Analysis: Why PPP prescribed shops - PPP healthcare’s plans to open a chain of high-street shops aims to stir up a stagnating healthcare market, writes Patrick Barrett

Private medical company PPP healthcare is to prescribe its customers a course of face-to-face personal care by launching its brand on the high street with a chain of one-stop health shops.

Private medical company PPP healthcare is to prescribe its

customers a course of face-to-face personal care by launching its brand

on the high street with a chain of one-stop health shops.



The initiative is part of a strategy designed to persuade consumers that

there is more to private healthcare than taking out insurance against an

inevitable future illness.



But by taking its brand to the consumer on the street, PPP is also

aiming to shake up the private market, which is suffering all the

symptoms of stagnation. Despite spending around pounds 50m between them

in the past three years on advertising, the two leading lights of

private healthcare, Bupa and PPP, have failed to significantly grow the

market.



The proportion of those opting to pay for private medical care has

stayed stubbornly at around 11% while the vast majority of consumers

still rely on the National Health Service.



According to research consultant Datamonitor, the health insurance

market is worth about pounds 1.7bn but is unlikely to grow by more than

2% over the next five years. Datamonitor also found the number of

overall subscribers has fallen from 3.2 million to 3.1 million since

1990.



Faced with these figures, PPP has opted to shed the cold and distant

image of an insurance company and approach the market differently.



Focus on services



Under its previous name, Private Pensions Plan, PPP had focused on

selling long-term healthcare insurance, but since it was relaunched in

1995, it has shifted its business focus toward a wide range of separate

services marketed along FMCG lines.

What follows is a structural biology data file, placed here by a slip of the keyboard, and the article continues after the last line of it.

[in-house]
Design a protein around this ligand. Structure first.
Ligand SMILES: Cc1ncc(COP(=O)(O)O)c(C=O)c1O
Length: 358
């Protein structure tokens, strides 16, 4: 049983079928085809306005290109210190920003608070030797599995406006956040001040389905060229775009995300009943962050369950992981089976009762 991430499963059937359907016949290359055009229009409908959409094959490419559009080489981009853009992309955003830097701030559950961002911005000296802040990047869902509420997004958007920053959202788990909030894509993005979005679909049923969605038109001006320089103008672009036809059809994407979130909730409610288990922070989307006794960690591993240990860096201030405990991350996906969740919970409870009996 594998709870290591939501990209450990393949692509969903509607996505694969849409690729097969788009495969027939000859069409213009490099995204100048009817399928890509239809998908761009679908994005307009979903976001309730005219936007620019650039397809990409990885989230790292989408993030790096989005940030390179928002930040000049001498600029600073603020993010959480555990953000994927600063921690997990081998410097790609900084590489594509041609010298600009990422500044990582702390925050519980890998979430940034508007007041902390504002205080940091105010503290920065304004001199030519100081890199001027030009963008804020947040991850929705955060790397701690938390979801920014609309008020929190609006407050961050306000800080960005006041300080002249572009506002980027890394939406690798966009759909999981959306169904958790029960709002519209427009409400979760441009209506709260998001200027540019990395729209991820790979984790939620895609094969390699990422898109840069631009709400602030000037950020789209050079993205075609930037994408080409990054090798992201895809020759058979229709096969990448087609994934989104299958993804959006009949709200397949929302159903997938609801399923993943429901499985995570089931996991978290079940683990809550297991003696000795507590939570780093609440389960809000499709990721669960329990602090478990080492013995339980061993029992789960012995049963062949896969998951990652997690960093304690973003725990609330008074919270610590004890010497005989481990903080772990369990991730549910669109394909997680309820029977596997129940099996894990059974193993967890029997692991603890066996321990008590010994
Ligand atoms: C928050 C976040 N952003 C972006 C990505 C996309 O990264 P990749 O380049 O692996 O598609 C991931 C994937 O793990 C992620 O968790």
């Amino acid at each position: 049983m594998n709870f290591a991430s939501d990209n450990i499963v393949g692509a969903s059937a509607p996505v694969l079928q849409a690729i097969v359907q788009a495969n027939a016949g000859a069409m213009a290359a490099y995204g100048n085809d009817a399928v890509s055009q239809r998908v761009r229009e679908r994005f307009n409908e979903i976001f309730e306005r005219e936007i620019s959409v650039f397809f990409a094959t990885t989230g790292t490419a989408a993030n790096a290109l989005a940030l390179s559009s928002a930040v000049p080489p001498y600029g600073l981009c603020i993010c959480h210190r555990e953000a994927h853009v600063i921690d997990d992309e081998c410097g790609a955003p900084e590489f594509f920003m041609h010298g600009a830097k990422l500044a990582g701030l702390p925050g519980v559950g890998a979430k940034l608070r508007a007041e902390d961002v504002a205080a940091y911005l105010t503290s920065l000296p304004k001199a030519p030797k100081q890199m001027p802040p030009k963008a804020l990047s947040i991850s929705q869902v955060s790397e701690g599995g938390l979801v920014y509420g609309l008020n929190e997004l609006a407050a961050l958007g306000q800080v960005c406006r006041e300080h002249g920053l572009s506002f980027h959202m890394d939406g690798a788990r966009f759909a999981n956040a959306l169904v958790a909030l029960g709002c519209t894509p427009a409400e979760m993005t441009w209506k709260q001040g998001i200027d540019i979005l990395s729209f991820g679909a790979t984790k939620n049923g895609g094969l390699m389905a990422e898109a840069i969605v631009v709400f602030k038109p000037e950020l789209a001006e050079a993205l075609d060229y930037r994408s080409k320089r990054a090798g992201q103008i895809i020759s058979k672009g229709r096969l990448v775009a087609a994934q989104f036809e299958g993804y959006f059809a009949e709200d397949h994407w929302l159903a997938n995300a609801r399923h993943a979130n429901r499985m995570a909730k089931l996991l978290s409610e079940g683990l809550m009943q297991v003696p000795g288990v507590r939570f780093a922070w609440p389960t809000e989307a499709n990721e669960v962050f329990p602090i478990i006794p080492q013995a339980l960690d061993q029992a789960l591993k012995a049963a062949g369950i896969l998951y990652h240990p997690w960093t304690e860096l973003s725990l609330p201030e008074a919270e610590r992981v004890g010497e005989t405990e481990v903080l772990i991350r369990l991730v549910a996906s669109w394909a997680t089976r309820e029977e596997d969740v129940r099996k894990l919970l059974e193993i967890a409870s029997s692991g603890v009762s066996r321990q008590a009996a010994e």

As well as medical insurance, PPP now offers regular health checks, eye

and dental care and a service for women covering pregnancy, infertility

and hormonal treatment, plus a 24-hour advice line.



But to market these products successfully and expand the market, the

company now recognises it can no longer keep the PPP brand at arm’s

length from its consumers.



Head of brand marketing at PPP, Chris Webster, says the company aims to

make taking up private healthcare a more personal process. ’A couple of

years ago we found ourselves in the position where people had allowed

the healthcare category to become a commodity that was insurance,’ he

says. ’We took the position that we should become a service company and

ask what consumers want from healthcare.



’The point is, the marketplace is not as it has traditionally been

viewed.



We did not spend pounds 30m building the brand just to sell more

insurance.



It is a commercial market from which we expect to get some return. We

are trying to make people understand what you get from private

healthcare is different and that what you are paying for is to be in

control of the process.’



Healthy rivalry



PPP is unlikely to be alone in its high-street initiative. Its main

rival, Bupa, has also been considering such a move for some time but has

yet to take the plunge.



At the Marketing Forum last month, Bruce Trantor, marketing and new

product director at Bupa, hinted his firm may look to achieve its

long-term goal of establishing private healthcare as the natural

alternative to the NHS by marketing the brand on a community level.